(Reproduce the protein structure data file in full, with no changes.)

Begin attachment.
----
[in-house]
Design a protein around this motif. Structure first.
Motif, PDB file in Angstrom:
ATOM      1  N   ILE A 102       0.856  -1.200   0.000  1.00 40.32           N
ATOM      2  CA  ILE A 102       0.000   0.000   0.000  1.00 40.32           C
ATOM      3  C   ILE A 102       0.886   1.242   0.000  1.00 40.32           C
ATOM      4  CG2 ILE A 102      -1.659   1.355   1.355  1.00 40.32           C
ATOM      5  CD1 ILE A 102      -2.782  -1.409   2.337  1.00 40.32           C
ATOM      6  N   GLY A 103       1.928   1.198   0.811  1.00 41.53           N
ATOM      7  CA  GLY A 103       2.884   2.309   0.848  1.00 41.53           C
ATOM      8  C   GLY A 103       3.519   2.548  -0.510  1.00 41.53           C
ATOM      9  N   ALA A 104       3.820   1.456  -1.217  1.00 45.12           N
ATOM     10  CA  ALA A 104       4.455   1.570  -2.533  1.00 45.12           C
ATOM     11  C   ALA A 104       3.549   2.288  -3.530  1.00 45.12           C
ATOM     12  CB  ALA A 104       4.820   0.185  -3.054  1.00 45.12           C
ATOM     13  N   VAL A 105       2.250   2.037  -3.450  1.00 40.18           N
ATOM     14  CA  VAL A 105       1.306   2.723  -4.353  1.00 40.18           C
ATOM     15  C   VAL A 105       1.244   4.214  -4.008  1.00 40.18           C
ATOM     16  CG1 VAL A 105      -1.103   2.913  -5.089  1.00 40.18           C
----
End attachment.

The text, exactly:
[in-house]
Design a protein around this motif. Structure first.
Motif, PDB file in Angstrom:
ATOM      1  N   ILE A 102       0.856  -1.200   0.000  1.00 40.32           N
ATOM      2  CA  ILE A 102       0.000   0.000   0.000  1.00 40.32           C
ATOM      3  C   ILE A 102       0.886   1.242   0.000  1.00 40.32           C
ATOM      4  CG2 ILE A 102      -1.659   1.355   1.355  1.00 40.32           C
ATOM      5  CD1 ILE A 102      -2.782  -1.409   2.337  1.00 40.32           C
ATOM      6  N   GLY A 103       1.928   1.198   0.811  1.00 41.53           N
ATOM      7  CA  GLY A 103       2.884   2.309   0.848  1.00 41.53           C
ATOM      8  C   GLY A 103       3.519   2.548  -0.510  1.00 41.53           C
ATOM      9  N   ALA A 104       3.820   1.456  -1.217  1.00 45.12           N
ATOM     10  CA  ALA A 104       4.455   1.570  -2.533  1.00 45.12           C
ATOM     11  C   ALA A 104       3.549   2.288  -3.530  1.00 45.12           C
ATOM     12  CB  ALA A 104       4.820   0.185  -3.054  1.00 45.12           C
ATOM     13  N   VAL A 105       2.250   2.037  -3.450  1.00 40.18           N
ATOM     14  CA  VAL A 105       1.306   2.723  -4.353  1.00 40.18           C
ATOM     15  C   VAL A 105       1.244   4.214  -4.008  1.00 40.18           C
ATOM     16  CG1 VAL A 105      -1.103   2.913  -5.089  1.00 40.18           C